For someone who claims to love indie comics as much as I do, you’d think I’d be more familiar with Valiant Comics. For a good while, they were among the heaviest of the heavy hitters in the comic market, and their characters have enough name recognition and nostalgia to justify not one, but two different reboot attempts. I’m not going to launch into a whole history of Valiant Comics (in part because I don’t have the room to do that here, and in part because I am woefully unprepared to speak to that with any degree of authority), however I will say that what I’ve seen from Valiant in the last few years had made me regret not checking them out the first time around, and has sent me diving into many a back issue bin to see what they had to offer.
The problem, though, with Valiant, is that sometimes they lean so hard on the nostalgia that it is hard for new readers to dive into the books. I loved their reboot of XO Man-O-War and grew to love Doctor Tomorrow, but have found other works from them, such as the beautifully illustrated but way too continuity-heavy Doctor Mirage, to be very inaccessible for new readers to get into.
And that’s a real problem for an indie publisher like Valiant. Each week they usually only have a couple of titles on the shelf fighting for space against a slew of other publishers, and so if people can’t get into their stories right away and get on board, it’s a good bet those titles will be ignored and forgotten.
Which brings us to today’s book, Shadowman #1, another Valiant hero brought back into the mainstream by journeyman author Collen Bunn.
Let’s take a peek inside this title and see what it has to offer us. Will it be a harbinger of a brand new era for the character or another forgotten floppy on the shelf?
Here’s the blurb:
From the bestselling master of horror Cullen Bunn (Venom) and bone-chilling artist Jon Davis-Hunt (Clean Room) comes a shocking supernatural odyssey.
Jack Boniface is SHADOWMAN, a powerful protector who keeps humanity safe from the demons that claw at the fabric of our reality.
The forces of darkness are awakening and they are hungry for life. Will Shadowman be able to save us all, or will the darkness devour the world as we know it?
Now, I don’t want to brag, but I am exactly to the demographic that this book is shooting for, and by that I mean I am an indie comic fan who spends way more money than he should on books that catch his fancy. I’m also, as previously stated, pretty unfamiliar with this character, which means if I’m going to get into it I’m going to need the character laid out pretty quickly in a way I understand and want to see more about.
So does it deliver? In a word: yes.
Bunn introduces Shadowman very early on as a guardian figure. I have no idea if that characterization fits past incarnations, but for me, in this issue, it works. This is an archetype that comic readers will recognize and understand, sort of a John Constantine meets Doctor Strange kind of vibe, and as a big fan of Constantine the similarities between them struck me the most.
That being said, it remains to be seen if Bunn can develop in Shadowman any of the same charms that writers like Moore and Ennis brought to John.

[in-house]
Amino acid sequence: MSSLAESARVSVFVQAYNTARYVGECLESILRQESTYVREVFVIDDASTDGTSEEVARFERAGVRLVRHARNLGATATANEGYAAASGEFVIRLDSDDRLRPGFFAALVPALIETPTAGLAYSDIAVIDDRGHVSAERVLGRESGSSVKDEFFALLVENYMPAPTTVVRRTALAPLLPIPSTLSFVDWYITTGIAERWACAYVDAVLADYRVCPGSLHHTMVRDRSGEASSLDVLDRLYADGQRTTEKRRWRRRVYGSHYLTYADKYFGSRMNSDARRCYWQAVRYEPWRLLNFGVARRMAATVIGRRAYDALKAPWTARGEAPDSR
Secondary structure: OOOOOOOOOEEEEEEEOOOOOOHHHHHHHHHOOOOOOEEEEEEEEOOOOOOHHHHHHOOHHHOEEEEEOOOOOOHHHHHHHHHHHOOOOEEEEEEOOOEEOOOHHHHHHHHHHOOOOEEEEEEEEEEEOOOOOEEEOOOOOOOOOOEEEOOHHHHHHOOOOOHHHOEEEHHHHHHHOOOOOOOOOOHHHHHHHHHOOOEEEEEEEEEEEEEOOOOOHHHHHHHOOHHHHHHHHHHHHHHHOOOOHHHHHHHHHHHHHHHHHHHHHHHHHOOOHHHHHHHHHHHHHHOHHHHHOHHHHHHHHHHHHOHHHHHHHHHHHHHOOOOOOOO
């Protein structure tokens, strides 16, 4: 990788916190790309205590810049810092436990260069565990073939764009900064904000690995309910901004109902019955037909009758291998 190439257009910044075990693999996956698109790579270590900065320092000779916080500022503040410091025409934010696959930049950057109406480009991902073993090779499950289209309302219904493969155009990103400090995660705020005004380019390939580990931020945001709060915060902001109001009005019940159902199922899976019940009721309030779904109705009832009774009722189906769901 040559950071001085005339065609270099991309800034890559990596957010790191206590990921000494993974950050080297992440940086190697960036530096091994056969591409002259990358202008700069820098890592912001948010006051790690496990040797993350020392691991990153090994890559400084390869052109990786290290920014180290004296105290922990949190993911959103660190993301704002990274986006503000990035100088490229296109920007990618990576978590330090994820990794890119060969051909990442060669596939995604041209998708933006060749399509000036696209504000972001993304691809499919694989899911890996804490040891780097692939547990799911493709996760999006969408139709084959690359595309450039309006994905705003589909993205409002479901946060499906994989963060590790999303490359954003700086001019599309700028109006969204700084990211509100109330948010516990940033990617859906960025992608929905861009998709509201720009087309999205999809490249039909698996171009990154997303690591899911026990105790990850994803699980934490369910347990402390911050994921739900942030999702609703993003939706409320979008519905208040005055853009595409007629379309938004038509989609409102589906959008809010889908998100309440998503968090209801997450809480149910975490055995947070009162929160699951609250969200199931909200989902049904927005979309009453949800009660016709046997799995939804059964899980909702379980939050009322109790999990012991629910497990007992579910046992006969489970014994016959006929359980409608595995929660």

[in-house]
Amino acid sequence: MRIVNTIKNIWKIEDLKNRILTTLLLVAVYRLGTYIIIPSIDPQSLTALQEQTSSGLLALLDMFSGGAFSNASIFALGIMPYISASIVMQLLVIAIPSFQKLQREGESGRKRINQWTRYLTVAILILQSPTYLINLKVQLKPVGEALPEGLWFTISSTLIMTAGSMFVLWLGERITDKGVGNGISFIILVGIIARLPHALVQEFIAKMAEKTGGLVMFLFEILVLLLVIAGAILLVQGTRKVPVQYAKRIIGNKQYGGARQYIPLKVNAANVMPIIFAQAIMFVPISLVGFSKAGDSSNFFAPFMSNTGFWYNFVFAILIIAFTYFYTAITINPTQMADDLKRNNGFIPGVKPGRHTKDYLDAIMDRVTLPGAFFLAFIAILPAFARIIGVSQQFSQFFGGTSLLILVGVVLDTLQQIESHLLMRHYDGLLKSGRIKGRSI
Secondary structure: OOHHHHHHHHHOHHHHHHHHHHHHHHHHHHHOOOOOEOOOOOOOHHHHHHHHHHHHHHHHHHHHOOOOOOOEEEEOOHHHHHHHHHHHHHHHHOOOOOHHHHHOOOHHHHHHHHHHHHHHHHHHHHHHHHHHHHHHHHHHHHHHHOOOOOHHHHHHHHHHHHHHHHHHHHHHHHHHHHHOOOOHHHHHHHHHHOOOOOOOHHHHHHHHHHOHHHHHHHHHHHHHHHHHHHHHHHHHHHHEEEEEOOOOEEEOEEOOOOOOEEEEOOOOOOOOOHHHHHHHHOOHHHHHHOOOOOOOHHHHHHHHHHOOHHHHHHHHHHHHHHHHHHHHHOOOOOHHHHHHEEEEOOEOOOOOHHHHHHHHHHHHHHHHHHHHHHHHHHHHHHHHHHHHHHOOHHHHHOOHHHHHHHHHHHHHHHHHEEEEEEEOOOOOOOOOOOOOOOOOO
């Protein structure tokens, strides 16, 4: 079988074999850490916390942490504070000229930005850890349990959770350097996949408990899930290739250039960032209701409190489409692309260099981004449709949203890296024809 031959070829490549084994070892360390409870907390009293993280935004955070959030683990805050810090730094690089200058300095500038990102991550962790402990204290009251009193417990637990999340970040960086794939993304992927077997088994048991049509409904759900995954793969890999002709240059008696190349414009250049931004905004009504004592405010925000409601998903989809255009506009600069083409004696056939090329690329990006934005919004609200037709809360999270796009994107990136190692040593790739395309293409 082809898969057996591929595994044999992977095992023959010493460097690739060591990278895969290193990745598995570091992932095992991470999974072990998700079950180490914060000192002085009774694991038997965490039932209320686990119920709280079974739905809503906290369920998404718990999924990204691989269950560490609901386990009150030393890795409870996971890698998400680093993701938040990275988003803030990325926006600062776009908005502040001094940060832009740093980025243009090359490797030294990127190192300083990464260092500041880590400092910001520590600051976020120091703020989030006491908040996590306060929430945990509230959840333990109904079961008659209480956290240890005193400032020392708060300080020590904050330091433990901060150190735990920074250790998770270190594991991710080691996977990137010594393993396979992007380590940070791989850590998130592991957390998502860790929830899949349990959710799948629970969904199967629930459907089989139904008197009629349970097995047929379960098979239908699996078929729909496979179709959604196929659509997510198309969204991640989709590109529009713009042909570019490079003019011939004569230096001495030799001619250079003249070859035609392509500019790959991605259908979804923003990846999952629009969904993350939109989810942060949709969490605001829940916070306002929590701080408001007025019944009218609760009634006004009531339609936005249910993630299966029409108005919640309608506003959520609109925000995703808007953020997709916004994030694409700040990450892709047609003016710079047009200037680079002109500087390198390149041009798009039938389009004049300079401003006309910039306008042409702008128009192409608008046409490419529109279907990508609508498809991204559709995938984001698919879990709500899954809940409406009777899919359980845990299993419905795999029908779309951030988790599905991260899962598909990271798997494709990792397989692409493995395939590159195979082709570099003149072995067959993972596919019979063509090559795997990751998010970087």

The story itself is pretty straightforward. A group of rich toffs, er, sorry, still thinking about Constantine (why DC? Why did you have to cancel that series?!) Where was I? Oh yeah, a group of rich idiots have gathered together for a swanky party where they are going to use demonic blood to enter into a portal to another dimension, known as the Deadside. Doing so threatens to weaken The Veil, the protective barrier that keeps the world of the living away from the world of the dead. If The Veil were to be destroyed, all manner of spooky monsters would flood into our reality, and humans would be in for a bad time.
Enter Jack Boniface, aka The Shadowman, a human possessed by the power of a voodoo spirit that gives him the power to fight against these demons and help maintain the power of The Veil.
Jack is alerted to the party after killing a beautifully vile-looking beast that has come to our world seeing his mate. It’s here that I want to pause and praise the art of Jon Davis-Hunt. I really enjoyed this comic, but even if the story isn’t your cup of tea I still recommend buying it just for the art alone. The character designs alone are worth the cover price, and Davis-Hunt has a real eye for frenetic action scenes that can sometimes be lacking in other writers.
I’ll also point out that from what I have seen of the character’s previous designs, I like this look a lot more.
Having slain the beast, Jack is interrupted by Baron Samedi, the King of Death. The full extent of this character’s background and power set is not fully revealed in this issue, but based on their interactions these two have a history, and not necessarily a good one.
From there Samedi sends Jack to the mansion party, where all hell inevitably breaks loose, and while Jack is able to save the day, in true Constantine fashion it’s not without a heavy cost and a hint that worse things are yet to come.
This first issue succeeds in a lot of ways. First, it does a nice job of setting up who our characters are and what the stakes are in a way that new readers can understand. There are nods to deeper mythology and history for those who want to go back and do the work, but it’s not necessary to understand and enjoy the issue.
The art is clean and interesting, with unique designs and character models for the heroes and monsters alike. All in all, it’s a good gateway book for new readers, and I am looking forward to going on this journey with them.
So if you’re missing Constantine, or are still coming down from the WandaVision high and are looking for your next hit of supernatural mayhem, check out Shadowman #1 and let me know it you enjoyed it as much as I did.
Until next time, Stay Safe!